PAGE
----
Local Govt | National News Video | Parliament Headlines | Politics Headlines | Search

 


Bay of Plenty Crash Hotspot Identified

17 January 2013
Bay of Plenty Crash Hotspot Identified

Trauma is a major health burden in New Zealand, as it is around the world. Approximately 2500 New Zealanders die per year as a result of trauma and approximately 25,000 require hospital care for their injuries. Trauma is the leading cause of death between the ages of 5 to 45.

A major cause of trauma injuries in the BOP community is from road crashes. Although the number and rate of road deaths have decreased internationally, they remain a major public health burden.

As part of a Ministry of Health supported initiative, the Bay of Plenty District Health Board, in conjunction with other agencies and other District Health Boards, has established a trauma review team. The team is tasked with assessing the effectiveness of our trauma systems in saving and salvaging lives and in improving this system.

One of the questions being looked at, by the trauma review team, is where and when road traffic injuries occur and can we do anything about preventing these. The Road Safety Committee with representation from police, St Johns, and the council also monitor this. The New Zealand Transport Agency also use a Crash Analysis System (CAS) to log all reported road crashes throughout the country and monitor problem areas.

The trauma team at the Bay of Plenty District Health Board has identified the contributing factors of 64 separate road crashes that happened in the region over an 11 month period (1 January 2012 to 30 November 2012) that resulted in a hospital stay in excess of 24 hours for the driver or passengers.

“We found that driver error remained a significant cause of most crashes from which people were admitted to hospital, while roading and weather conditions accounted for a very small percentage of the crashes,” said Bay of Plenty District Health Board’s Chief Operating Officer, Phillip Balmer.

Mr Balmer said road crashes involving drivers that were under the influence of alcohol or illicit substances were excluded from the review and if included would have trebled our figures. It also excluded crashes which resulted in hospital admissions of less than 24 hours duration.

“Our findings showed that driver error combined with excessive speed on open roads were the most common factors contributing towards Bay of Plenty road crashes. Drivers’ errors included the driver falling asleep at the wheel, excessive speed, inexperience, crossing the centre line, swerving to avoid objects and pulling out in traffic.”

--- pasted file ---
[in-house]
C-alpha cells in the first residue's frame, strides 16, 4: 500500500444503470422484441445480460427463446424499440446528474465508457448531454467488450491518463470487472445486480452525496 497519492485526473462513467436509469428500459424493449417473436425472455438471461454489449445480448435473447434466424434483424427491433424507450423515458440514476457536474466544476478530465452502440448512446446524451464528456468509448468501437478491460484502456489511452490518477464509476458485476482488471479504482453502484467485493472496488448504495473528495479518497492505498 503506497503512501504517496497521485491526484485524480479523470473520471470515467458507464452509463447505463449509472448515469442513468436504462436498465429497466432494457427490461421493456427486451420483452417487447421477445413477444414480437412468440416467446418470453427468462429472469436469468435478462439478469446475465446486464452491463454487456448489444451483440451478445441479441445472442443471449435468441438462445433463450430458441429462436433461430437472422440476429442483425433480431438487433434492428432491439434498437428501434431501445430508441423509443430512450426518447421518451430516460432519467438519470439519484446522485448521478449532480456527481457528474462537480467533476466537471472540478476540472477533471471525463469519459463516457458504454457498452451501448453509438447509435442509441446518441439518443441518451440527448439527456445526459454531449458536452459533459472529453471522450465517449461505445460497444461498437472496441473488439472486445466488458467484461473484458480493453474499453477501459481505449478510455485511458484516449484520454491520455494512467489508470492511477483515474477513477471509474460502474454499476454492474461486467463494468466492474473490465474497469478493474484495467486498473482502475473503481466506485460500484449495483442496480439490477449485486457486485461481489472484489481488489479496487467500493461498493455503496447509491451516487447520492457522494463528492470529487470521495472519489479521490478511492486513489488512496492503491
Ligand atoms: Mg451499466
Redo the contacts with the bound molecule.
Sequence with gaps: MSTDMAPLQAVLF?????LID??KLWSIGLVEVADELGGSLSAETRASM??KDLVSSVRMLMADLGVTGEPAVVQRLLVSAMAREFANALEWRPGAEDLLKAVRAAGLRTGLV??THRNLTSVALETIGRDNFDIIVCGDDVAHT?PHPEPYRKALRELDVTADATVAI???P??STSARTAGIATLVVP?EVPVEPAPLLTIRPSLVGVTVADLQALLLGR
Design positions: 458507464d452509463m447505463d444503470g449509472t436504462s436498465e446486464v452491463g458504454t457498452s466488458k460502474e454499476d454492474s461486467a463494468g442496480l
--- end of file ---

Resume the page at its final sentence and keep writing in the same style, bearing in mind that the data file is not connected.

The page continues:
“While the crashes happened relatively evenly throughout the Bay of Plenty region, they were mainly on the major state highways.”

“The review identified the regions’ crash hot spot at the intersection of State Highways 2 and 33 at Paengaroa. Of the five crashes at this site, four were head on collisions, resulting in multiple victims from each crash coming into hospital,” he said.

“The urban areas of Whakatane and Tauranga accounted for two and four crashes respectively causing patients to be admitted to hospital for more than 24 hours. The review suggests that urban road traffic crashes did not result in significant injuries due to low vehicle speed.”

There were nine separate motorcyclist crashes, four of which occurred around the Opotiki district.

Mr Balmer said there was no common cause for the motorcyclist crashes as the causes ranged from sun-strike, being hit by a truck, losing control and excessive speed.

Notably most of the crashes that resulted in hospital admissions of greater than 24 hours occurred between 1200-2200 hrs. Crash numbers peaked at the high traffic periods - that is between 1200-1300 hours, then 1600-1800 hours and 0700-0900 hours. Surprisingly, there were only 4 crashes from 2200-0700 hours.

The information for the review was taken from St John Ambulance records, the Midland DHB’s Regional Trauma System data sheets, ACC forms, hospital web based patient administration systems, and from patients themselves.

Summary of crashes and causes shown in the map below:

• 64 separate road crashes.